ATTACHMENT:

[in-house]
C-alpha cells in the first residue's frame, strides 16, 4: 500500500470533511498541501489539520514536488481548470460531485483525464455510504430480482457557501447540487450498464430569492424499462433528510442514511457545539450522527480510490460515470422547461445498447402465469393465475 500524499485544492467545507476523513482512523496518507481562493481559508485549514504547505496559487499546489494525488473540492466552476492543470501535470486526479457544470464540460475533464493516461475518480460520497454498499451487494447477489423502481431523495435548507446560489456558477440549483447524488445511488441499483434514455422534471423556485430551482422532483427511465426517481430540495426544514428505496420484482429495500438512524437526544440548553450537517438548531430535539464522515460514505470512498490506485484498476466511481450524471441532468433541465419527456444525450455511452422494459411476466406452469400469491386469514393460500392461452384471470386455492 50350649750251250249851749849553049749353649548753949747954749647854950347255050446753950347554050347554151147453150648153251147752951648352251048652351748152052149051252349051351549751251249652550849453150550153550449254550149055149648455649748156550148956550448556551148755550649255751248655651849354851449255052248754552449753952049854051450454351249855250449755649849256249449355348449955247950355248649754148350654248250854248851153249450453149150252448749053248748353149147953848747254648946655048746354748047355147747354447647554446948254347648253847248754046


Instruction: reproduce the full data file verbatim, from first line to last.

[in-house]
C-alpha cells in the first residue's frame, strides 16, 4: 500500500470533511498541501489539520514536488481548470460531485483525464455510504430480482457557501447540487450498464430569492424499462433528510442514511457545539450522527480510490460515470422547461445498447402465469393465475 500524499485544492467545507476523513482512523496518507481562493481559508485549514504547505496559487499546489494525488473540492466552476492543470501535470486526479457544470464540460475533464493516461475518480460520497454498499451487494447477489423502481431523495435548507446560489456558477440549483447524488445511488441499483434514455422534471423556485430551482422532483427511465426517481430540495426544514428505496420484482429495500438512524437526544440548553450537517438548531430535539464522515460514505470512498490506485484498476466511481450524471441532468433541465419527456444525450455511452422494459411476466406452469400469491386469514393460500392461452384471470386455492 50350649750251250249851749849553049749353649548753949747954749647854950347255050446753950347554050347554151147453150648153251147752951648352251048652351748152052149051252349051351549751251249652550849453150550153550449254550149055149648455649748156550148956550448556551148755550649255751248655651849354851449255052248754552449753952049854051450454351249855250449755649849256249449355348449955247950355248649754148350654248250854248851153249450453149150252448749053248748353149147953848747254648946655048746354748047355147747354447647554446948254347648253847248754046